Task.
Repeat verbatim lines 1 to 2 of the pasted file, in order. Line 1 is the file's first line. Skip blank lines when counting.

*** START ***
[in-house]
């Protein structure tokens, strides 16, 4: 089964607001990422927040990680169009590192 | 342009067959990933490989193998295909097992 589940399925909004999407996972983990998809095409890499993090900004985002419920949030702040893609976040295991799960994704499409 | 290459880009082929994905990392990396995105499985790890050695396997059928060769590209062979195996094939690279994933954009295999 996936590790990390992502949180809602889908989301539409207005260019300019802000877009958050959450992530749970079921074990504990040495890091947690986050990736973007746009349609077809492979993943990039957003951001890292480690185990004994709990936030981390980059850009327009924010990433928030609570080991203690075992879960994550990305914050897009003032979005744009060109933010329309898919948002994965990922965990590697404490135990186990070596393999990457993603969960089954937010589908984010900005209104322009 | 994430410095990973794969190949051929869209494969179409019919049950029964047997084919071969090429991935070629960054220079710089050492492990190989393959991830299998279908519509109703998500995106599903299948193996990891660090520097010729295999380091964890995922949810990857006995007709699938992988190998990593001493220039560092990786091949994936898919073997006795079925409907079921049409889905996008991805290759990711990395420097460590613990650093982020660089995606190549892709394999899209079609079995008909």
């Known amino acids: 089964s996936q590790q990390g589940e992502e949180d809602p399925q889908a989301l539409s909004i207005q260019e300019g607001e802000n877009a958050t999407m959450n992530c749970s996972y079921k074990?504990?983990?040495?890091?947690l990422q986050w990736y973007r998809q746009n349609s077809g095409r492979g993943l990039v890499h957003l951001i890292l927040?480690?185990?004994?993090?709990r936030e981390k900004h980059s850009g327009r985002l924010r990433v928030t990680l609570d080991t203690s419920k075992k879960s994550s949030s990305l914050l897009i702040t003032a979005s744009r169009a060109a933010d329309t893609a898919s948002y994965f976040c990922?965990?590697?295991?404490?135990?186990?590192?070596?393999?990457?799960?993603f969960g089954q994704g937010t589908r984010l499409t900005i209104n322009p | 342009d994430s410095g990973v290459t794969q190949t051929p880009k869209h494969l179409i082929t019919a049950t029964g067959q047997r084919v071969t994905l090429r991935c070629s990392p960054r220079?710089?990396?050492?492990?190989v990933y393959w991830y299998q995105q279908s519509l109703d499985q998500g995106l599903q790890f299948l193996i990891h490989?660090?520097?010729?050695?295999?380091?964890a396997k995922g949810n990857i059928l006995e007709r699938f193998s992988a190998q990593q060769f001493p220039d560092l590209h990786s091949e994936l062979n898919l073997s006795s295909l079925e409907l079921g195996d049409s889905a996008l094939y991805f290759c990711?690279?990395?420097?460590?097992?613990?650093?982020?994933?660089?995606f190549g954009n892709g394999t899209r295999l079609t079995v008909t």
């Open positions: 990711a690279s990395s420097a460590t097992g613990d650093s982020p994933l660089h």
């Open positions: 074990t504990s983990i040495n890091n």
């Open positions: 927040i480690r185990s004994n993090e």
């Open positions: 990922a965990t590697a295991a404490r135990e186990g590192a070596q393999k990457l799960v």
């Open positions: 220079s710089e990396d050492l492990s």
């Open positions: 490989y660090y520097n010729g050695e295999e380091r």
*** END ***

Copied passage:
[in-house]
């Protein structure tokens, strides 16, 4: 089964607001990422927040990680169009590192 | 342009067959990933490989193998295909097992 589940399925909004999407996972983990998809095409890499993090900004985002419920949030702040893609976040295991799960994704499409 | 290459880009082929994905990392990396995105499985790890050695396997059928060769590209062979195996094939690279994933954009295999 996936590790990390992502949180809602889908989301539409207005260019300019802000877009958050959450992530749970079921074990504990040495890091947690986050990736973007746009349609077809492979993943990039957003951001890292480690185990004994709990936030981390980059850009327009924010990433928030609570080991203690075992879960994550990305914050897009003032979005744009060109933010329309898919948002994965990922965990590697404490135990186990070596393999990457993603969960089954937010589908984010900005209104322009 | 994430410095990973794969190949051929869209494969179409019919049950029964047997084919071969090429991935070629960054220079710089050492492990190989393959991830299998279908519509109703998500995106599903299948193996990891660090520097010729295999380091964890995922949810990857006995007709699938992988190998990593001493220039560092990786091949994936898919073997006795079925409907079921049409889905996008991805290759990711990395420097460590613990650093982020660089995606190549892709394999899209079609079995008909």